Outside of research, I recently went to two cool museums. The first was the Metro Museum, which is free. I met with Anne-Marie to get there. We got off at the stop where it supposedly is, Sportivnaya, on the Red Line. We got out, couldn’t find it at one exit, walked around to the other exit street side to find that it also wasn’t there. We walked back to the first side and asked the woman selling Metro tickets where the museum was. She told us that it had moved to a completely different station on one of the newer lines. In total, about 45 minutes had elapsed since we met up to get to the museum. Anne-Marie mentioned how she is only this patient in Russia, and it’s true. At home, I would probably be very angry that things had changed without much indication on the internet. In Russia, though, this is just par for the course and I go with the flow.

Eventually, we wound up at the correct stop. The museum is built above the Vystavochnaya Metro station. It had some cool documents and maps from the planning of the metro back to tsarist times. Then there were artifacts from all stages of the construction of the metro from the 1930s to present, largely broken into eras that showed the growth of the system and the evolution of its technology.

Older Metro control station.

Older Metro control station. This one is from Park Kultury.

One really cool part of the exhibit was a simulator of the metro engineer. There were a few screens plus a full driver’s console. You had to press the button for the announcement about the doors closing, then close the doors, then accelerate, maintain speed, and then brake for the station. An announcement also had to be made for arriving at the station, and then the doors had to be opened. It was fun, but my years of playing GTA made me want to do everything wrong for fun such as driving above speed with the doors open. I miraculously resisted the urge to be a hooligan, though.

New job?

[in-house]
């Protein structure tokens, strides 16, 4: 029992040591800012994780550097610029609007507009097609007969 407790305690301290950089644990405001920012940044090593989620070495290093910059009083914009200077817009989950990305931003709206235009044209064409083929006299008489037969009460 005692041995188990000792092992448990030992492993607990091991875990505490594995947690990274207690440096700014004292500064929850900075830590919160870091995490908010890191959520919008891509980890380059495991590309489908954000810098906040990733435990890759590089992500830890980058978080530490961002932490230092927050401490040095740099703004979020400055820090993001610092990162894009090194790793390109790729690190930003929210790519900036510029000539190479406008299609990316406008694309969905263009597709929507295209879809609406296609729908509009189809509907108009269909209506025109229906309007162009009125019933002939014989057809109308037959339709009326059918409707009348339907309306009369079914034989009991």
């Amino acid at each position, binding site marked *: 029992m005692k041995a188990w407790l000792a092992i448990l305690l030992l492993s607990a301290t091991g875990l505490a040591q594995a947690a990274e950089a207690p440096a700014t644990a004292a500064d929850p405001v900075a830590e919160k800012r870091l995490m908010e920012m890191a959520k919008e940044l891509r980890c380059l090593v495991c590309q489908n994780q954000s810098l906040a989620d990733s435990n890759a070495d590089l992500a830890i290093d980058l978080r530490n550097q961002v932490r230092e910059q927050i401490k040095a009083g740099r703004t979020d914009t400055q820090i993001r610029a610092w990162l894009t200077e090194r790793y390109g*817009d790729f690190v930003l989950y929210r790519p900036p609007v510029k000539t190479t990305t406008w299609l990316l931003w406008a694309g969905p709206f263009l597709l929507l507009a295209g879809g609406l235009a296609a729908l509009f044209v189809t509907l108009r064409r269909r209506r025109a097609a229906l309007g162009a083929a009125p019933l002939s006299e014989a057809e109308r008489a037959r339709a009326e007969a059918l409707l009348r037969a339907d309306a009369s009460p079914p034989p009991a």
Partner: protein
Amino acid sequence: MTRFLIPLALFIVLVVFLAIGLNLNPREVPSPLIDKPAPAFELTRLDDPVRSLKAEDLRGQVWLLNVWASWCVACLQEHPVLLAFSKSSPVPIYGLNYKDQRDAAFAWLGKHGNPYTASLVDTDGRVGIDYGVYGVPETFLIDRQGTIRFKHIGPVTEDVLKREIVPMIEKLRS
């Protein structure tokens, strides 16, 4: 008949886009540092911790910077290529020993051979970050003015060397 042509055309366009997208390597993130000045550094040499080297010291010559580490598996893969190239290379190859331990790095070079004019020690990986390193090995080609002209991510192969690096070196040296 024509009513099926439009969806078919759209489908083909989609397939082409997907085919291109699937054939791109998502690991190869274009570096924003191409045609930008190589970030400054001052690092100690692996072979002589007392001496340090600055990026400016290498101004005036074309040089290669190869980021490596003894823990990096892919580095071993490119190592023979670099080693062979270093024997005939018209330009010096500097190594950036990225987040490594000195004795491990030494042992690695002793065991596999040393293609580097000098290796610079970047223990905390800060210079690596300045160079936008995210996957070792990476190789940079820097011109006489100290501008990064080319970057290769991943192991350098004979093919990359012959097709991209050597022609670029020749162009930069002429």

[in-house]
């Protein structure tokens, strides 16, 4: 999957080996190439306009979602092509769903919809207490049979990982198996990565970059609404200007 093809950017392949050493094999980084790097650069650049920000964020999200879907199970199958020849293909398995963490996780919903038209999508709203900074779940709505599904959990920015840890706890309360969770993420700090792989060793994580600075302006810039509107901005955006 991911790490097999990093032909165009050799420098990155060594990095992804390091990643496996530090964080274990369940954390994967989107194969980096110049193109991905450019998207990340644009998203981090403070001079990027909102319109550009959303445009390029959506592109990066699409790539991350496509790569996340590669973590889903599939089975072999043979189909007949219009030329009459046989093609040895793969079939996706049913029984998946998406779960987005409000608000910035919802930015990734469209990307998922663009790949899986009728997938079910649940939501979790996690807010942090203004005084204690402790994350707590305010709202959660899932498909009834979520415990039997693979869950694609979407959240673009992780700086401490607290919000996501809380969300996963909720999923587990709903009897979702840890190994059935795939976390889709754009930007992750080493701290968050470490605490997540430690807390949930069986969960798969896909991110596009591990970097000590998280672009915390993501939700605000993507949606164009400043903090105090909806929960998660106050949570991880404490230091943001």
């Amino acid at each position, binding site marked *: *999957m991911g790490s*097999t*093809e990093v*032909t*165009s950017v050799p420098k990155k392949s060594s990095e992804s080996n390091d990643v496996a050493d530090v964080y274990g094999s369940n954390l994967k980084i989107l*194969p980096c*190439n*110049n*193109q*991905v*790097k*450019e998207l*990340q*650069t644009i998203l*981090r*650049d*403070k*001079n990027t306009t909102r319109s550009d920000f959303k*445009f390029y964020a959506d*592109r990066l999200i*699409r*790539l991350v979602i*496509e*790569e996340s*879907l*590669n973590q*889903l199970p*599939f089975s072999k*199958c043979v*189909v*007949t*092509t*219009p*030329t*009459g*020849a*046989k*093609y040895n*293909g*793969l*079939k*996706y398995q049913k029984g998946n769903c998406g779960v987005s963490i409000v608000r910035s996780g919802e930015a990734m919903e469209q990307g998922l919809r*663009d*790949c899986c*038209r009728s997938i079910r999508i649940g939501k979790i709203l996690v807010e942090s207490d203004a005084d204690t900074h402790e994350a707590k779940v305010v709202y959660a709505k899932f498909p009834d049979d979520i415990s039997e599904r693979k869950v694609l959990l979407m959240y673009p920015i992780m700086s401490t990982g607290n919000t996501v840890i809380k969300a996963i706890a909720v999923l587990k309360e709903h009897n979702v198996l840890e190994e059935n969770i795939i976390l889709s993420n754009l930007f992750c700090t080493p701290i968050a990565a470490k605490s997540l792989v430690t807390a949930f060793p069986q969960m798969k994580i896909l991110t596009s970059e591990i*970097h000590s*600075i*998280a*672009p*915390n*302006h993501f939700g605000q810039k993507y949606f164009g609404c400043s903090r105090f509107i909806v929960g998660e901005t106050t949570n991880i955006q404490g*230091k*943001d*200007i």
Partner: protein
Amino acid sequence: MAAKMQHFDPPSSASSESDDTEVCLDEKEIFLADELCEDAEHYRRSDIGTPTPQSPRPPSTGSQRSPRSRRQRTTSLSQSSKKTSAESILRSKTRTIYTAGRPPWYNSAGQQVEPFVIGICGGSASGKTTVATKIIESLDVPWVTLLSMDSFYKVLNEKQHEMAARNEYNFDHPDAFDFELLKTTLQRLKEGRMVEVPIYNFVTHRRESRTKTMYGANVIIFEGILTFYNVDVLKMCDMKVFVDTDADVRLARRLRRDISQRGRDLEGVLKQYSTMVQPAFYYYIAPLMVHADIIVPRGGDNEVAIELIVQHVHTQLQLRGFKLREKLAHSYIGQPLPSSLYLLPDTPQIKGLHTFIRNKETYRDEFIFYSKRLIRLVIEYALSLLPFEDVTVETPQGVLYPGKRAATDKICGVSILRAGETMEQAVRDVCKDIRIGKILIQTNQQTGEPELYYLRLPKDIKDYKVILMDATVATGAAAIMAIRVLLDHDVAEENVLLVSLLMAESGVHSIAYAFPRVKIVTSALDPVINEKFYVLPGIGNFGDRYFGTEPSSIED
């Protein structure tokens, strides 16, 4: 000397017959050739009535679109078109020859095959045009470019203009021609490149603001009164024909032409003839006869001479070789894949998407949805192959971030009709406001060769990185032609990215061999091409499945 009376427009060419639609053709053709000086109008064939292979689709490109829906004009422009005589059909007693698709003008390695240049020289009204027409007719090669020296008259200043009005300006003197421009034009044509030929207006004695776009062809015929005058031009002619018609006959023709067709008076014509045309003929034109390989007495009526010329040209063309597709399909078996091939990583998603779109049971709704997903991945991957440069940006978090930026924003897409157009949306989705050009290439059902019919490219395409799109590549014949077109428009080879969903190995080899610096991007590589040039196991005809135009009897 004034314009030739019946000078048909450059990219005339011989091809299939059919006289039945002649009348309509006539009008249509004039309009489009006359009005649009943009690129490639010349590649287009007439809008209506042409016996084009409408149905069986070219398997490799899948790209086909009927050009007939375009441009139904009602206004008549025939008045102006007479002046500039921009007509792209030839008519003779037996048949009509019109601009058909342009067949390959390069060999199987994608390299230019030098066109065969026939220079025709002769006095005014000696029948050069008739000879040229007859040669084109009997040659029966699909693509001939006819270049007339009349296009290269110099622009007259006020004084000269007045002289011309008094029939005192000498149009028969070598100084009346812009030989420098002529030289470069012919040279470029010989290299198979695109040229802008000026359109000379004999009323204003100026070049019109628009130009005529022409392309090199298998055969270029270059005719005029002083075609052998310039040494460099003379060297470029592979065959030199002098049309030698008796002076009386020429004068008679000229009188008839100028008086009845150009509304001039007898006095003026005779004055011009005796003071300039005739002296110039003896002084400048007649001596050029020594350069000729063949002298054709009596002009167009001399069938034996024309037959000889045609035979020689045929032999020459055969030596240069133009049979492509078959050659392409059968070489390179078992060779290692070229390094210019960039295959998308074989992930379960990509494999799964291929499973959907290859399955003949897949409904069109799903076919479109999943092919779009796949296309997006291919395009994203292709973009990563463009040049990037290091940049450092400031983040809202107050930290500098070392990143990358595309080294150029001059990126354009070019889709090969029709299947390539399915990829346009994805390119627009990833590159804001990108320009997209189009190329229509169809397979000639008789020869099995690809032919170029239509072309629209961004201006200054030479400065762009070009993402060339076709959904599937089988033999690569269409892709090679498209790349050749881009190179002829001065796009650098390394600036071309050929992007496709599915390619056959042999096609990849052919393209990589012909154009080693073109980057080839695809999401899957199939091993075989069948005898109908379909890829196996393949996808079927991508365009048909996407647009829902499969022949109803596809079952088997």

New job?

The other really cool museum I went to is the Central Armed Forces Museum, formerly the museum of the Soviet Army. I went with Anton, who I met at the Buzzcocks concert in December. He took me with two of his friends. First, we got off at an earlier metro stop to see some houses that had been constructed by German POWs.

Central Armed Forces Museum.

Central Armed Forces Museum.

Then, we wandered around the impressive army museum for hours. Most of the museum is about WWII, but it had some good stuff on WWI and the Russian Civil War. There were some really cool White Army uniforms and artifacts, such as banners and medals that belong to General Kornilov’s group, the Kornilovtsy, as well as a really cool painting that depicted the end of White Russia. The painting was of White Army officers and their family members as well as priests leaving Russia on a boat. Although my family members were peasants, they likely were on a similar boat to the one depicted in the painting.

The end of White Russia.

The end of White Russia.

The best part was walking through the outdoor pavilion filled with tanks, jets, and missile launchers. It felt fantastically Russian to wander around those implements in the falling snow.

Like Victory Day but better because of the snow.

Like Victory Day but better because of the snow.

The final moment of interest from the last few weeks was watching a man watch Trump’s inauguration on his phone while grabbing dinner at a restaurant with some friends. It was being broadcast on Russian media sites and had subtitles.img_3256